So, on December 27, 2007 after a year-long search Go Media closed on a 15,000 square foot three story warehouse that we are going to turn into our headquarters. We are obviously VERY excited about this new opportunity we’ve been lucky enough to achieve. We’re making sure we have all of our bases covered as well, we looked at all the top coverage plans for homeowners before deciding on the one we were going to go with. We wanted to make sure we were properly covered and insured so that if a tragedy were to happen we would be able to jump back to our feet instead of having to give up for good.
I am going to post some blogs like this to document the design and build-out of our space. I wanted to make a quick shout-out to the hard working staff of Go Media that made this possible, John Wagner my realtor that pushed this deal through and our bank that is lending us some of the money to help pay for everything. Much thanks! See more photos after the jump or just check out our Flickr album that will constantly be updated with new photos as we renovate the building.
Part Three of Seven Easy Principles to Becoming a Master Designer.
Good contrast in your design goes hand-in-hand with your color selections. Contrast is the value difference between the colors on your design. Value is how bright or dark the color (ink) is. Ever see a blank white canvas and as a joke someone says: “Hey – it’s a white cow in a snow storm!” This is an example of no contrast. White on white is no contrast – you can’t see anything.
Elementary right? I mean what kind of stupid tutorial is this? I’m explaining that the piece I’m designing needs to be visible??
Rule Two: Limit your colors.
Part Two of Seven Easy Principles to Becoming a Master Designer courtesy of Cleveland logo designers, Go Media
Rule Two: Limit Your Colors. Sounds a lot like the last rule of limiting your fonts right? Exactly! We want to limit our colors for the same reason we want to limit our fonts. Reducing the number of colors we use in our design will make the piece feel consistent. Basically, everything will look like it goes together. Just like a sports team’s uniform or a company’s branding – we want a uniform over-all look to the colors.
As with the font selection, limiting the number of your colors is just a guide not a rule. You could very well have a rainbow of colors in your design and it will look great. But you need to start with a coloring strategy and stick with it. Use your color consistently throughout your design.
For starters lets talk about color values. A color’s value is how bright or dark the color is.
Part One of Seven Easy Principles to Becoming a Master Designer.
Rules about Using Fonts:
Ok, “master designer” might be a bit of a stretch – but you can at least become a “proficient designer” by following 7 easy principles. This will be the shortest, most informative series of blog posts you’ve ever read on how to become a better designer. Please note: these principles CAN be broken… these are not laws, they’re just general guides that all of us designers at Cleveland design firm, Go Media, typically follow when putting together a design.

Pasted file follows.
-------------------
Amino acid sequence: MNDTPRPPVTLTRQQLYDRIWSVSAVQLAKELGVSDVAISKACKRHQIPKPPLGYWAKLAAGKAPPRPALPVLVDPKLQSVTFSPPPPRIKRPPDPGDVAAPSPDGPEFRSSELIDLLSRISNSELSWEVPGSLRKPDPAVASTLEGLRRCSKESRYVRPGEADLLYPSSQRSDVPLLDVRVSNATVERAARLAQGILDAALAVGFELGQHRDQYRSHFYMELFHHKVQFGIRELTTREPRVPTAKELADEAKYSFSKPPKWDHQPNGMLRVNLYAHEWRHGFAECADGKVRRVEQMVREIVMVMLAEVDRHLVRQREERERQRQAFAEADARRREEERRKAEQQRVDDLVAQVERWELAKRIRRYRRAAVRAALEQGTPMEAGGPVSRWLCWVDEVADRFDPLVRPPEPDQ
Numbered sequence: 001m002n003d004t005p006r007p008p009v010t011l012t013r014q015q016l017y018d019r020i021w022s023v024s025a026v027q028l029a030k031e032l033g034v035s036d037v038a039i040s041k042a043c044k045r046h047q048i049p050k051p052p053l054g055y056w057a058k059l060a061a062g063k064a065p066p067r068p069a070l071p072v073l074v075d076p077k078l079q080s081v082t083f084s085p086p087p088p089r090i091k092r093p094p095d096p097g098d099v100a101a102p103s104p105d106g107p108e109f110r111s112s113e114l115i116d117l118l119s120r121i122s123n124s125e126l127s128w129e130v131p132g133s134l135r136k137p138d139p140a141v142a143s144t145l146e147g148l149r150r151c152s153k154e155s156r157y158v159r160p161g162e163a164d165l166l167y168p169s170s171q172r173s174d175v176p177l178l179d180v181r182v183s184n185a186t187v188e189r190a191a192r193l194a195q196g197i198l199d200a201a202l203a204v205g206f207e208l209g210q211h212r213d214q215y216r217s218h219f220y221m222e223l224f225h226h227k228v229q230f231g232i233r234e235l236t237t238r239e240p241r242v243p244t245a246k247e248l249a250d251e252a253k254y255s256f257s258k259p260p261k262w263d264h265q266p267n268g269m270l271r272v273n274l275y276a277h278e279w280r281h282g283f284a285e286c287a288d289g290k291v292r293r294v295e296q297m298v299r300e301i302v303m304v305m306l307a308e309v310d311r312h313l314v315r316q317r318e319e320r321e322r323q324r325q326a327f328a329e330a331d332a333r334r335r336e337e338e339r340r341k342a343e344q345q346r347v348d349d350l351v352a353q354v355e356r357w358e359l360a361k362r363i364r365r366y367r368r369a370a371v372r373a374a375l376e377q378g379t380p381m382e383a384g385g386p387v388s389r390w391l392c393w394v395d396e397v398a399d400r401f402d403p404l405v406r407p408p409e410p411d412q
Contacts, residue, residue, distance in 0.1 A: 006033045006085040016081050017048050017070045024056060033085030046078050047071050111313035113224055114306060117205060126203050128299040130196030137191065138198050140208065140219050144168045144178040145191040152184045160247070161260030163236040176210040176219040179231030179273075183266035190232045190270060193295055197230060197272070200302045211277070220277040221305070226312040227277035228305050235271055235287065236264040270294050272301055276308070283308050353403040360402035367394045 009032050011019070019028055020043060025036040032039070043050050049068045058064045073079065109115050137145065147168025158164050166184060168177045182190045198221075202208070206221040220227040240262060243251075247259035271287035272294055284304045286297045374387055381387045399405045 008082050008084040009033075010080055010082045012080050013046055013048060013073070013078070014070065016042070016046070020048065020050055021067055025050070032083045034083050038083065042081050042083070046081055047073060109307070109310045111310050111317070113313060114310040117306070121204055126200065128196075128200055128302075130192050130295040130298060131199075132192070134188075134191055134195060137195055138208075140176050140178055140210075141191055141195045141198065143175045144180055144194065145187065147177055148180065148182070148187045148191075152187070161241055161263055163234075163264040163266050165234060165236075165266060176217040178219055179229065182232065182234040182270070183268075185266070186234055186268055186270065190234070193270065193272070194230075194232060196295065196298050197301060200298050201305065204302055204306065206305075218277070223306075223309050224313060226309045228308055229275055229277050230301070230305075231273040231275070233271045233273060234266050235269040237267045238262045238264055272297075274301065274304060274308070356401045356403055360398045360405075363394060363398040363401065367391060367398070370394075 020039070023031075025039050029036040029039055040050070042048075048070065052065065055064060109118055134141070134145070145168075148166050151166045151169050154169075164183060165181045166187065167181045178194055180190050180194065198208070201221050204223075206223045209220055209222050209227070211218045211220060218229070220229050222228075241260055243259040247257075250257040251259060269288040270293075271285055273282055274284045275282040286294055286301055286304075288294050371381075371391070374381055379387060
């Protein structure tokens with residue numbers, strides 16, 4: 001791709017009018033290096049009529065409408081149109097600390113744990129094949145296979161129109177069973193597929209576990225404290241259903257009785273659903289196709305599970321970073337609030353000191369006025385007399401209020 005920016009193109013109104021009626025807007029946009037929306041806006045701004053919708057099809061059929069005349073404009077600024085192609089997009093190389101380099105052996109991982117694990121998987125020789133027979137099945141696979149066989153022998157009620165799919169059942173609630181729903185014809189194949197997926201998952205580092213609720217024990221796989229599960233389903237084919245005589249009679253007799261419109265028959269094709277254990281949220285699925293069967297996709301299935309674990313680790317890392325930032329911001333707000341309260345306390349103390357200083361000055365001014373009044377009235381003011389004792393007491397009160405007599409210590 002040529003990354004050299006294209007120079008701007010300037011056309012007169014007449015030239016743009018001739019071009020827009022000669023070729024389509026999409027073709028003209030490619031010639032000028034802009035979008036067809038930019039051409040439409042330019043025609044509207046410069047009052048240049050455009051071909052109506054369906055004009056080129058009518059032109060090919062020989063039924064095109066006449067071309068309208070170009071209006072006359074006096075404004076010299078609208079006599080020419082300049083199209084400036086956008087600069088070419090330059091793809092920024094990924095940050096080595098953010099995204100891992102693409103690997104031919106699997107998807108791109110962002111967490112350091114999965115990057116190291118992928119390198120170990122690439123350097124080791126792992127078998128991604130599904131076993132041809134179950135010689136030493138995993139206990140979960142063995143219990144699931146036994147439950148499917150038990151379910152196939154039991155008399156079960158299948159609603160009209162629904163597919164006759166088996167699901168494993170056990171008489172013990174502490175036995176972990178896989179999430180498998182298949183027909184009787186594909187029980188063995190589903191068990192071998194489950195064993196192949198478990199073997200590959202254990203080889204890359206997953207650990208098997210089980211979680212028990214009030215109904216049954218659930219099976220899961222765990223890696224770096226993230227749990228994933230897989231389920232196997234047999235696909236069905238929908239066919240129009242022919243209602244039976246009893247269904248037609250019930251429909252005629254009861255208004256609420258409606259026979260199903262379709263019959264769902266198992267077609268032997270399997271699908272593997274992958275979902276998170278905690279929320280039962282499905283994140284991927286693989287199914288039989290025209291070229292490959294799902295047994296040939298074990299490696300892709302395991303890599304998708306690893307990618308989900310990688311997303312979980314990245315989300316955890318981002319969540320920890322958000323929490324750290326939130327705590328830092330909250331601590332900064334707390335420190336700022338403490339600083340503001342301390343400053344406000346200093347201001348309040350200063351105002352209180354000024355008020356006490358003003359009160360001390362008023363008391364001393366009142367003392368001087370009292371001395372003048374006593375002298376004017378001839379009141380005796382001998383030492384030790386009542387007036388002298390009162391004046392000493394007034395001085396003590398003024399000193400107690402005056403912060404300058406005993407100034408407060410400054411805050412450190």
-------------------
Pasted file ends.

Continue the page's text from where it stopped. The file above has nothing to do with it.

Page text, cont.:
Follow these simple design principles and you’ll be on your way to artistic excellence.
Principle One: Limit Your fonts. A big part of putting together a good design, as you’ll see, is making sure the over-all look is consistent. The best way to accomplish a consistent look to your design is limiting the number
You’ve manufactured your product, paid the talented artists at Go Media Inc. to build your website, posted it live on the internet and then sat back, put your feet up and waited for the cash to start flowing in. But there was a problem. It didn’t. What the heck went wrong? You constantly heard about the fortunes being made on the internet. Where is your slice of the pie? You know you have a good product and the website design is top notch (naturally.) So, what’s wrong?
Advice for Graphic Design Students
About twice a week I will get a letter from a student or young graphic designer that asks me a variety of questions. Typically they are questions like: “How do I get started in the design industry?”, “What software should I study?”, and “How can I work for Cleveland Design firm, Go Media?”
After writing lots of very long emails, I thought perhaps I should put together an article of my answers and post it here so that everyone can read it.
I want to stress that these are only my opinions (I’m William A. Beachy). These are not necessarily the opinions of everyone at my firm (Go Media Inc). And, they are only that: opinions. There are a great many ways to design, a great many ways to get into the industry and a lot of different pieces of software. I can only give you my recommendations based on my personal experiences. If I say something that does not fit with what you’re doing don’t necessarily stop what you’re doing, Just take my advice and log it in your brain. Over time you will figure out what works for you.